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Friday, December 9, 2016

Michelle Obama And The Fossilized Role Of First Lady

Women make up half the workforce, get degrees in droves, and have their own careers. So it’s little wonder that a role that requires women give that all up is an awkward fit.

As long as there have been presidents in this country, there have been first ladies at their side. The role is traditionally to act as a homemaker and hostess, tending to the family and the White House. This was the purview of middle and upper class wives, after all. But now that we live in an era where women represent almost half of the workforce, pursuing independent careers and even sometimes acting as the breadwinner for their families, we’re still playing catch up. The role of first lady in particular continues to be murky and old-fashioned. Not elected, yet married to the most powerful man in the country. Highly influential, yet often resented for using that influence. And above all, educated and often professionally successful, yet expected to give up their careers. It’s an anachronistic role that has fossilized an older ideal of womanhood and wifeliness. And it traps many smart women. Enter Michelle Obama.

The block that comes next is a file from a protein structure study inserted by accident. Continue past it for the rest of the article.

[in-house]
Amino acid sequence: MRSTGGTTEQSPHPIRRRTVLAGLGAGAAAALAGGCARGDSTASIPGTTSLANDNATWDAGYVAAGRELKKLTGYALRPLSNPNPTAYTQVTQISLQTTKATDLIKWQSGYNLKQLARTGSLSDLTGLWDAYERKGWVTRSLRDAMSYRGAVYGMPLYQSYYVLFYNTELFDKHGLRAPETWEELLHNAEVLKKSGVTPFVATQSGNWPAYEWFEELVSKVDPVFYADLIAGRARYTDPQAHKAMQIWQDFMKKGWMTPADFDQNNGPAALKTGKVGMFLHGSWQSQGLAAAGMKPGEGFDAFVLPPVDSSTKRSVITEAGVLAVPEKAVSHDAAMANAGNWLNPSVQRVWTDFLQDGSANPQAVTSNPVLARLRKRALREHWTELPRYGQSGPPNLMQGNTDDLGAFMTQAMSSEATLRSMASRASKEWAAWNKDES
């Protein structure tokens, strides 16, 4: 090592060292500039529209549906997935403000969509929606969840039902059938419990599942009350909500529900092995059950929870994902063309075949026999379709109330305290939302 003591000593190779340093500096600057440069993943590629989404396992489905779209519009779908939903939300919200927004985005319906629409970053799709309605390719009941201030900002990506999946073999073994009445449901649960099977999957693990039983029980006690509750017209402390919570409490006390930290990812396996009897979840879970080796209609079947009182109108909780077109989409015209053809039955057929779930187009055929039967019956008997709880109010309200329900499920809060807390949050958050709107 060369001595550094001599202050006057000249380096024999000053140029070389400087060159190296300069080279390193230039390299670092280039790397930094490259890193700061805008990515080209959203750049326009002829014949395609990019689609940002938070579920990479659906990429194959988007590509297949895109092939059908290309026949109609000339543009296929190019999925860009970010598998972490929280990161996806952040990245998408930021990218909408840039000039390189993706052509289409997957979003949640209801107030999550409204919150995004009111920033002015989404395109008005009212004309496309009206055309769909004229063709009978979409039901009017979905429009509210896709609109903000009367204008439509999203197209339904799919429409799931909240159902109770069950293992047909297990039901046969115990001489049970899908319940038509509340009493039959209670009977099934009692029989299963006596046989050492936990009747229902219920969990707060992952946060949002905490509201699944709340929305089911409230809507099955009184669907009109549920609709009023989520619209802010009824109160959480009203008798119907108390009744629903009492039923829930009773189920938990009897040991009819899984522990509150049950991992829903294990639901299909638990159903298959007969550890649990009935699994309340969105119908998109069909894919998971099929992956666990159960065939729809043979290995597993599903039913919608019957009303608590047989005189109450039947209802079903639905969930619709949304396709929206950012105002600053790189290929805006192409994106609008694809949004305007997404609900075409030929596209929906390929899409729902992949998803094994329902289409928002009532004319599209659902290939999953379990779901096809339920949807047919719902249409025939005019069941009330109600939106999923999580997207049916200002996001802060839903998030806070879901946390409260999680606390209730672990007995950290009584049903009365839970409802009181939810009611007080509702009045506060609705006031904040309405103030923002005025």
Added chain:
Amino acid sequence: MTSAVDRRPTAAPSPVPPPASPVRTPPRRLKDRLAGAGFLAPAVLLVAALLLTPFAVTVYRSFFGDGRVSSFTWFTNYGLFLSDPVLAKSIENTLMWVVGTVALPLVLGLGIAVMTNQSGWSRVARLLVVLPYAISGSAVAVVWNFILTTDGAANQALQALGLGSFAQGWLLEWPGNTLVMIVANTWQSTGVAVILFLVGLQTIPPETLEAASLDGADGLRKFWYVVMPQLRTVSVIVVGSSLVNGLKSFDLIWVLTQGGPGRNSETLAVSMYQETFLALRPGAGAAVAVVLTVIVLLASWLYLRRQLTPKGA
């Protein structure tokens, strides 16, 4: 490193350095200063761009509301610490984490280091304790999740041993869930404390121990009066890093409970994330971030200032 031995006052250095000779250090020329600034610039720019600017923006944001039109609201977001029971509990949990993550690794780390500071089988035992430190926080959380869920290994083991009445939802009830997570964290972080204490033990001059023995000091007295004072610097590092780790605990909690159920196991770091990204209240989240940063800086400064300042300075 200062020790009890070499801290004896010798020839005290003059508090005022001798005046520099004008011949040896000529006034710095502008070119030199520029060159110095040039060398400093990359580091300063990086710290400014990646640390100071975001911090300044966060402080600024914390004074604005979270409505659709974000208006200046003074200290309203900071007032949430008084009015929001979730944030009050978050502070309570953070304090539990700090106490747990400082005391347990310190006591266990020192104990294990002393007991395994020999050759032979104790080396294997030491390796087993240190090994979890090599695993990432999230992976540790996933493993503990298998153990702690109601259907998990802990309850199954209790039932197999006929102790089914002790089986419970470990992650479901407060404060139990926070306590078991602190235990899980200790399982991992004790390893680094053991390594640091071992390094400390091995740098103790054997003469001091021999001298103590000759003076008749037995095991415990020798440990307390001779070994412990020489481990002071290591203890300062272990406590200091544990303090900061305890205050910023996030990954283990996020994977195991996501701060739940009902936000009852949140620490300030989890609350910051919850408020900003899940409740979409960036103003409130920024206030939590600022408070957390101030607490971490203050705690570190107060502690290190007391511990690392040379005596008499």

When Michelle Obama entered the White House, I was hopeful that we would see a return to the model of a strong first lady who stakes out an agenda. After all, she’s a Harvard-trained lawyer who had a career of her own. But I quickly became impatient. Mrs. Obama — or advisers — seemed more interested in preserving her sky-high poll numbers than giving her an aggressive agenda. She tackled obesity — but never touched agriculture policy or our health care system. She reached out to military families — but said nothing about our need to bring troops home.

I held her in contrast to Eleanor Roosevelt, who had tremendous influence on the White House and the country. But in an excerpt from her new book The Obamas, Jodi Kantor shows there may be more similarities between the two than I had been giving credit for. Kantor’s interviews “show that [Obama] has been an unrecognized force in her husband’s administration and that her story has been one first of struggle, then turnaround and greater fulfillment.” Something similar could be said about Eleanor Roosevelt, except perhaps the part about going unrecognized. Both women, successful professionally, struggled with their roles in the White House when they first arrived. Yet it seems that Obama may be starting to follow a trajectory similar to Roosevelt’s — exerting her influence over her husband’s administration and beginning to find her place. As well she should. The role makes little sense given the changes to our workforce, and smart, powerful women must make it their own.

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